Weird Dreams play some of the more unusual and enchanting music I’ve heard at Rough Trade for a little while. Vocals rich in dreamy Beach Boys-inspired harmonies combine with synthesiser lightly-infused with the wandering ghosts of early 80’s New Romanticism, and more urgent and rockier, yet sympathetically delivered guitar to create delicate, almost fairytale melodies which conceal a bittersweet edge and darker, harder lyrics. It’s a beautiful, beguiling sound with an underlying tension that whilst often felt, never quite breaks the surface.
I read an interview with Doran Edwards, the creative force behind Weird Dreams, on Stereogum where he says that “reflections of water on a swimming pool ceiling at night” were an inspiration for the sound on the new record. As I listen to the album while I write this, I can see that this an image that Doran has translated incredibly skilfully in to sound. The feeling of floating, comfortably isolated and enfolded by the water, letting its gentle movement control yours is an underlying thread which joins the songs on the album together making for a wonderfully cohesive series of soundscapes.
It’s also a complex, layered sound, and it’s hard to believe it can be played this well live. Weird Dreams’ band line-up has changed more or less completely since the previous album, Choreography released in 2012. Now Michael Bateson-Hill plays the keyboards, Matt Turner plays bass, Samuel Mason plays guitar and provides those lovely backing harmonies and Cedric Monzali can be found on drums.
The stage set-up is easily as distinctive as the sound, with Cedric on drums situated off on the right hand side of the stage facing inwards and Doran on synth and other electronic wizardry and guitarist and vocalist Samuel almost back to back centre stage. I’m guessing this helps getting those harmonies pitch perfect, and they really are incredibly good. All of this makes for some really interesting compositions from in front of the stage, with both singers at the front of the stage facing in different directions and also from the side of the stage using a narrow depth of field and shooting past Cedric as he drums.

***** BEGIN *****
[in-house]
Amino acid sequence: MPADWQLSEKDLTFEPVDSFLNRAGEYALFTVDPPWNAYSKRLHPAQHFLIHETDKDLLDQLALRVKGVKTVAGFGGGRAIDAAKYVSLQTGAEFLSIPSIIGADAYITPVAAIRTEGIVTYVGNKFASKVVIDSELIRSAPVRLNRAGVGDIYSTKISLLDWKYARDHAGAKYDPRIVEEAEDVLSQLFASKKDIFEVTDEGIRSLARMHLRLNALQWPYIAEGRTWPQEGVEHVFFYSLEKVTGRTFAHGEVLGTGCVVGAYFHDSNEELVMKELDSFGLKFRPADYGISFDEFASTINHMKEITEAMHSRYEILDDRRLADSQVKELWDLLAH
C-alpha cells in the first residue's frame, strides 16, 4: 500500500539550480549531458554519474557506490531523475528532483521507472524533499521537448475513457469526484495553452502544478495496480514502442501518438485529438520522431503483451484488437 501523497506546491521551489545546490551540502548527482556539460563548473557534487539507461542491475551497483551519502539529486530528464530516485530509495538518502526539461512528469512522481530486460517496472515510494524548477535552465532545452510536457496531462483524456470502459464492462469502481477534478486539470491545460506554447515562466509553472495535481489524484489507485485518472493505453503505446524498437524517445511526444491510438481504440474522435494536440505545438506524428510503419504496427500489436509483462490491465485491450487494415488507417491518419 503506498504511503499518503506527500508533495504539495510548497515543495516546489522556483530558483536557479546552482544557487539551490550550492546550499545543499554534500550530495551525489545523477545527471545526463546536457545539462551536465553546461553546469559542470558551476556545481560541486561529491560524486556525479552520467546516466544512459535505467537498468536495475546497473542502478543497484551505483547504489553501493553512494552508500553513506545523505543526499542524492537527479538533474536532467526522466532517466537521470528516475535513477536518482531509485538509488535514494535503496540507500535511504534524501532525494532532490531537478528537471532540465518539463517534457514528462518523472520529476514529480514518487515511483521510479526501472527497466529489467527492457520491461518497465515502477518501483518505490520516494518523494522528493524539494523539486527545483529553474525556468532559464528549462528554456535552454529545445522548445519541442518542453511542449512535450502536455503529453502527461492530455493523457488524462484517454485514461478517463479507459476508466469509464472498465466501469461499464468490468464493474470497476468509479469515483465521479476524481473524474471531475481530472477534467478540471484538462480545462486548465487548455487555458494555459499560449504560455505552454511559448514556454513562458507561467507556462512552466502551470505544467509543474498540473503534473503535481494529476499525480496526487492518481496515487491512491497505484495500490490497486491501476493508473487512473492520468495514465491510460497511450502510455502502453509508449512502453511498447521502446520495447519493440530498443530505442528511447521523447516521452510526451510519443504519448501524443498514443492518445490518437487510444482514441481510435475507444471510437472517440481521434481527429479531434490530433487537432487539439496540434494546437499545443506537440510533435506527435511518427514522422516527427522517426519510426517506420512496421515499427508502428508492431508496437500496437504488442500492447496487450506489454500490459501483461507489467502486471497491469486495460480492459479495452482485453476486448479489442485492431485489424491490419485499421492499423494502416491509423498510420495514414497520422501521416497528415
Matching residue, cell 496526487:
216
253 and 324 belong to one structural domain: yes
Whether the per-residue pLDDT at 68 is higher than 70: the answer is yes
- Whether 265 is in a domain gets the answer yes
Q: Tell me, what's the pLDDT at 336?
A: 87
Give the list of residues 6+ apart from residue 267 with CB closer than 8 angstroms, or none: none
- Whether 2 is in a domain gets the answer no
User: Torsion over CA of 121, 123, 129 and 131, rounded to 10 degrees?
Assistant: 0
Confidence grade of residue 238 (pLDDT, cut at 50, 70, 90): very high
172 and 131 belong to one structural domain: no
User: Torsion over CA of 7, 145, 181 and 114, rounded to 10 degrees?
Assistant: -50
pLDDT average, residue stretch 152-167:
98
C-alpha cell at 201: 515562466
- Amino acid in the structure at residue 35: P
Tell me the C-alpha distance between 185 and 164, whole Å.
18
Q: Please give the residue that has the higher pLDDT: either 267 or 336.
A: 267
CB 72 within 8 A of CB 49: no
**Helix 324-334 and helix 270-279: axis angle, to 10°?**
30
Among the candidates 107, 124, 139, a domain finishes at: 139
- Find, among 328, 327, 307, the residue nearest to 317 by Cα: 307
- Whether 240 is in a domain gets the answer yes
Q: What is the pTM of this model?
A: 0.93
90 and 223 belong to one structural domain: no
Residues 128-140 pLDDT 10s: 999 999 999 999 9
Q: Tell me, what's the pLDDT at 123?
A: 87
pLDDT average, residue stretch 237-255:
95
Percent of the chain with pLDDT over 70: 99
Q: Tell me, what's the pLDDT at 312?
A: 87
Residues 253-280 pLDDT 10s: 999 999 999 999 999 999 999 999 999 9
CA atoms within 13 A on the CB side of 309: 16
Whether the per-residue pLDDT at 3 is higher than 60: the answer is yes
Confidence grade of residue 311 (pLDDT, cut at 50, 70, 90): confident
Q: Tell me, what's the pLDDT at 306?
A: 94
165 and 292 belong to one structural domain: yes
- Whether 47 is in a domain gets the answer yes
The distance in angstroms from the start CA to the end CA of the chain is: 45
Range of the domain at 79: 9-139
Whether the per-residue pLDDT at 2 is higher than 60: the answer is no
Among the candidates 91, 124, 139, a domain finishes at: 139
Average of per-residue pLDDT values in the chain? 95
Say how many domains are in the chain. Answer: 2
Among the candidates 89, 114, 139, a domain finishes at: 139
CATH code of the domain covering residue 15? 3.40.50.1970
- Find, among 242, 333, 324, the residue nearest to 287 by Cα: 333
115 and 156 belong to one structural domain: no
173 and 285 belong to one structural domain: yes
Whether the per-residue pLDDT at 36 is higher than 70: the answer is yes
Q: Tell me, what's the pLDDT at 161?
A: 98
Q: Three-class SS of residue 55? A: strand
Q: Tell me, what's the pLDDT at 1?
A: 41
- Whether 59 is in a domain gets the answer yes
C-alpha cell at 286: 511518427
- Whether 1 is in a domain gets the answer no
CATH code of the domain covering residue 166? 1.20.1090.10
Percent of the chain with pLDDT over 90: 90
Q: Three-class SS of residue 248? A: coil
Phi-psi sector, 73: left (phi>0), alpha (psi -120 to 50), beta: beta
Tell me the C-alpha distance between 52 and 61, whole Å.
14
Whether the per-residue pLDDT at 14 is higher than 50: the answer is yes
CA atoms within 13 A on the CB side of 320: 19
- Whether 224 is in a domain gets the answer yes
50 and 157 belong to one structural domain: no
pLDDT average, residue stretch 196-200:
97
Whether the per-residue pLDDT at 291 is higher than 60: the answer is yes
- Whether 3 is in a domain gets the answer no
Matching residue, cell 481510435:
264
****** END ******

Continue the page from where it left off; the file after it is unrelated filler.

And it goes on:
What did make things interesting from a technical perspective was the band’s request for blue lighting… Even with the added warm white form the birdies overhead, the power bricks can pump out a lot over very powerful blue light. The naked eye seems to see a much greater range of tone and hue than the camera’s sensor so when you’re watching the set the blue isn’t so obvious. In, fact the band looked great, and the mood of the coloured light matched the music perfectly creating a great atmosphere. However, the images I captured using the Auto White Balance setting were flooded out by blues and purples. When you look at the colour histograms for the images, there’s just no green there at all. Luckily, Samuel, and in particular the combination of his positioning on the stage, half turned towards the power-bricks, and his white t-shirt, meant that with a little experimentation I was able to take a custom white balance measurement and dial back the blue a significantly. I was actually very lucky that Lampy stuck to one colour for the whole set meaning that once I’d finally got the white balance sorted, I was good to shoot for the rest of the evening…
Rough Trade East – 10/06/2016